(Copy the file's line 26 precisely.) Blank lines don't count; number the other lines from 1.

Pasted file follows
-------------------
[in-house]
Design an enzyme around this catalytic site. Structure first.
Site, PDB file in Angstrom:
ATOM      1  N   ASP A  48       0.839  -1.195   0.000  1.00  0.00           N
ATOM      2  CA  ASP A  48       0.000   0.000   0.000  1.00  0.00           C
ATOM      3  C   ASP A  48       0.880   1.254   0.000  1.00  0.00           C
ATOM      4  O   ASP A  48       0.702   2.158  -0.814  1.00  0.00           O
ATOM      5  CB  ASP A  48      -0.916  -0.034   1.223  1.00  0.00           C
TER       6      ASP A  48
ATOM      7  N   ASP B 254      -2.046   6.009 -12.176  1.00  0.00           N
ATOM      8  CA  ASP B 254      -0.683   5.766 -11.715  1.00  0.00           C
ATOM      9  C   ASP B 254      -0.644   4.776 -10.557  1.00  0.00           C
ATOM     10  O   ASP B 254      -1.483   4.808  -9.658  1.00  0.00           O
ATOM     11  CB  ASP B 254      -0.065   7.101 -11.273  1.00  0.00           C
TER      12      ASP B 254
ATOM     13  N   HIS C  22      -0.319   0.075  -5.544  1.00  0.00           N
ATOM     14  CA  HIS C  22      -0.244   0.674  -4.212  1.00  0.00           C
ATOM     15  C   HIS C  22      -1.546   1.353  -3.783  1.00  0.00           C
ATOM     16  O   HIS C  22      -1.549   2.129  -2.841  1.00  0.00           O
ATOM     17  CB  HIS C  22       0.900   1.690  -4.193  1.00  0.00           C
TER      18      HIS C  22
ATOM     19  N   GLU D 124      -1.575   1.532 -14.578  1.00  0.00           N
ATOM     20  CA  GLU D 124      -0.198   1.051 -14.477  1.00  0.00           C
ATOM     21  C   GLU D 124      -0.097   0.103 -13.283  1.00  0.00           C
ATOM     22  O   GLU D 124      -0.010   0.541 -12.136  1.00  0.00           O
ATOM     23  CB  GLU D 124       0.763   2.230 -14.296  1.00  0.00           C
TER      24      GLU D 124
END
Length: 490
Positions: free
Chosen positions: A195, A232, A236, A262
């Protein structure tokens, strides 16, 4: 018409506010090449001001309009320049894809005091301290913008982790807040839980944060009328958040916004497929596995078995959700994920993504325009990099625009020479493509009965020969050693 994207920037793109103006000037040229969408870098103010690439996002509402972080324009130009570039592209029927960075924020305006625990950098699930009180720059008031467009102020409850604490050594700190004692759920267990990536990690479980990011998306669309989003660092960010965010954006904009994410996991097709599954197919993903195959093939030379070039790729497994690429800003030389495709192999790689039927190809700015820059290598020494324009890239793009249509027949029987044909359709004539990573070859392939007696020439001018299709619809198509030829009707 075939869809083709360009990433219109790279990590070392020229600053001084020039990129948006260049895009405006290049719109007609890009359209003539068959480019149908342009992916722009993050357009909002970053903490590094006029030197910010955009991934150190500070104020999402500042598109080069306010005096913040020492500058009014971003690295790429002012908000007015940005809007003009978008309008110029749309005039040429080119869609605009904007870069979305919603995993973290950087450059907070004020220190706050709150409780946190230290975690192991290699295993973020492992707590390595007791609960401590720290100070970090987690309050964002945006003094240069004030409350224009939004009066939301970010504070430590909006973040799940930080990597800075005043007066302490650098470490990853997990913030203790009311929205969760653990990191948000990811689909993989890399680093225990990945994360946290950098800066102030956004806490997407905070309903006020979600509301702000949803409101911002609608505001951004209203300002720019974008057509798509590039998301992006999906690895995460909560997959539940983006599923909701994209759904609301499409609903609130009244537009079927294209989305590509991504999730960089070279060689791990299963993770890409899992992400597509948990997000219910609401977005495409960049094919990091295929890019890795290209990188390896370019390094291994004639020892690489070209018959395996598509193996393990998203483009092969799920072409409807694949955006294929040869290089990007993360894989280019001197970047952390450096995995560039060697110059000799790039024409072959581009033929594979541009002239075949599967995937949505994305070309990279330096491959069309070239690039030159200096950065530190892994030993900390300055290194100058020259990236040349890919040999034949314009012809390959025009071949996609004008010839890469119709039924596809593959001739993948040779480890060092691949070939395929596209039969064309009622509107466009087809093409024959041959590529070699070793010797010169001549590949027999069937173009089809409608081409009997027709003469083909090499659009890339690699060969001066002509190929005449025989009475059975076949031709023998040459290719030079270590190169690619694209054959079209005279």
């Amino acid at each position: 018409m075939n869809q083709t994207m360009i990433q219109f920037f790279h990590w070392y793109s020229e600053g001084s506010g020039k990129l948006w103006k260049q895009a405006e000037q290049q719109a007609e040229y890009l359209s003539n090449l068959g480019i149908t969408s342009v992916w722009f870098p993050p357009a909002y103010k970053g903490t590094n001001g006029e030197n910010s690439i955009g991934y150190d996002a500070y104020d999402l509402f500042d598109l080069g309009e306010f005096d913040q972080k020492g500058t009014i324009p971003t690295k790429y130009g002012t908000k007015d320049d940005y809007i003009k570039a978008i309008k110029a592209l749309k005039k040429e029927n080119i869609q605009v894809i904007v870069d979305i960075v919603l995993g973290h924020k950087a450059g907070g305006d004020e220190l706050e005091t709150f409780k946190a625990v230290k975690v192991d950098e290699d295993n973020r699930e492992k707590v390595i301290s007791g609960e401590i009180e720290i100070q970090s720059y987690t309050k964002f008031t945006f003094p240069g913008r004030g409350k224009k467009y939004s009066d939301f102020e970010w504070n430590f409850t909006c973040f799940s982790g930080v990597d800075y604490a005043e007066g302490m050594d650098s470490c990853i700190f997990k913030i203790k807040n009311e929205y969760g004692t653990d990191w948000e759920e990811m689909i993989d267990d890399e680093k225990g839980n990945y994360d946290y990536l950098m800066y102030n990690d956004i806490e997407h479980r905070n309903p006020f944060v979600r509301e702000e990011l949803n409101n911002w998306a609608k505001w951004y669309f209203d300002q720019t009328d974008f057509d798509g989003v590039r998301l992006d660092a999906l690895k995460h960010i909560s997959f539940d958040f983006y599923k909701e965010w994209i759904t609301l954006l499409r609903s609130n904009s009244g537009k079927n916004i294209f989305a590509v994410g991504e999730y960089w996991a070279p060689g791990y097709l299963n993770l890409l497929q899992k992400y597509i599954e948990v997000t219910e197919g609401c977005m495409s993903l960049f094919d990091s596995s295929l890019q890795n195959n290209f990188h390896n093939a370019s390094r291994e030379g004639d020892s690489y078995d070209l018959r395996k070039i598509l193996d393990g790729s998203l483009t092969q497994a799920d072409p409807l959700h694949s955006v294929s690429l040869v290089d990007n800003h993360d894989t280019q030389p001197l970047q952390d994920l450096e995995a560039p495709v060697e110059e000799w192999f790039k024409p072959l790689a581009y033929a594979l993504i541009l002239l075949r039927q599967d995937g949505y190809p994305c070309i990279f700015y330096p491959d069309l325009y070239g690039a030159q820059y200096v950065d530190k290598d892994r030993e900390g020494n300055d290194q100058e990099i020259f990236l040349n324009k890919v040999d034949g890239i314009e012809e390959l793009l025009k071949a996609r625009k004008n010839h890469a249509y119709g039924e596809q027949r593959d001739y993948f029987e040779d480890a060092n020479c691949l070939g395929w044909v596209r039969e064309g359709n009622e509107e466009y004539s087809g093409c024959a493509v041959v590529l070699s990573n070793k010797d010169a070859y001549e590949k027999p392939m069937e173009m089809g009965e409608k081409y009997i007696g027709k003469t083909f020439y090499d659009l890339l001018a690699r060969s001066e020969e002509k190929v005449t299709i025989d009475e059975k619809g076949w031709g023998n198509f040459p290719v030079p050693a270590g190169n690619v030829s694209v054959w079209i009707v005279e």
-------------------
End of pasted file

ATOM     23  CB  GLU D 124       0.763   2.230 -14.296  1.00  0.00           C